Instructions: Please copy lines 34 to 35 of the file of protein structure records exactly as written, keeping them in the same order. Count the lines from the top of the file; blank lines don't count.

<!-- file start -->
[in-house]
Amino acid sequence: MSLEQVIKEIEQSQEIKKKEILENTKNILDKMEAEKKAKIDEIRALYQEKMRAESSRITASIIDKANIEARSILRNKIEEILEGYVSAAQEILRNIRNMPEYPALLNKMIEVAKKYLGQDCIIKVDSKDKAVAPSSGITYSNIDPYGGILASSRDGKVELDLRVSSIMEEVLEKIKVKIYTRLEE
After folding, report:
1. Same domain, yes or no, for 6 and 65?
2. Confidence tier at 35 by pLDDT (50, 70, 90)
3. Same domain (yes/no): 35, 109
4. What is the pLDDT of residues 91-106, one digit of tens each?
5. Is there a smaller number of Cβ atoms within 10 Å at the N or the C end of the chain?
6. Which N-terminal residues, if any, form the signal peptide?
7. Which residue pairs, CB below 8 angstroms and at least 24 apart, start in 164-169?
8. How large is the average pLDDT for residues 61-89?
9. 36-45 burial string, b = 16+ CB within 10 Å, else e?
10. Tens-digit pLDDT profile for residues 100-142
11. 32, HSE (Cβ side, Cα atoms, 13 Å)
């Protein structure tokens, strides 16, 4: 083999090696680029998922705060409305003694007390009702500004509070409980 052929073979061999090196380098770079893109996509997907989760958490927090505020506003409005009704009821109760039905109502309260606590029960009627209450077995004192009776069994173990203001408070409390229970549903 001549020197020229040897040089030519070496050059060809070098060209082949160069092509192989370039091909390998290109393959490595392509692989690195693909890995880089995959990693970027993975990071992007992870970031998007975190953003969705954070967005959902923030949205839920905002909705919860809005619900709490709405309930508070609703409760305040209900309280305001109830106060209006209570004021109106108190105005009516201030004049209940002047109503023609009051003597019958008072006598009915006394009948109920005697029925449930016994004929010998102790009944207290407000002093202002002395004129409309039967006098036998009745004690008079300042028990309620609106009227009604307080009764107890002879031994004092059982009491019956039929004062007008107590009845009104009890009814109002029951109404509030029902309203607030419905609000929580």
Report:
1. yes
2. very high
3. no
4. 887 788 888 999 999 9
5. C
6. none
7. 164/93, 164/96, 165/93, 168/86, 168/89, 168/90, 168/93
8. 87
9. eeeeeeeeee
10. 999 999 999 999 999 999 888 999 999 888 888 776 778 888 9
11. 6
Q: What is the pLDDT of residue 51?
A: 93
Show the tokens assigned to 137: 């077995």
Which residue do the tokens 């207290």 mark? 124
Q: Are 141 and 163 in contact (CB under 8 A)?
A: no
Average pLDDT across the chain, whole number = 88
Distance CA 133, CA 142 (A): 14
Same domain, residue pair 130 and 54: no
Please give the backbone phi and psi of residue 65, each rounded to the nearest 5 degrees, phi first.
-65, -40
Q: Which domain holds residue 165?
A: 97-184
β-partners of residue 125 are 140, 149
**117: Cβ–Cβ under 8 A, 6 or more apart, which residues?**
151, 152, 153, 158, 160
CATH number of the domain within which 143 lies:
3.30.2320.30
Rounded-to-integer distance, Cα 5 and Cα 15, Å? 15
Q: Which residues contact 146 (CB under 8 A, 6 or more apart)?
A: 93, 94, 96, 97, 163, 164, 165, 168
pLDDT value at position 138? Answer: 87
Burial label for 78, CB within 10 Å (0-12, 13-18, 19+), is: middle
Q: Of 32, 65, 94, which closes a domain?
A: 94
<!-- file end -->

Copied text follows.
Average pLDDT across the chain, whole number = 88
Distance CA 133, CA 142 (A): 14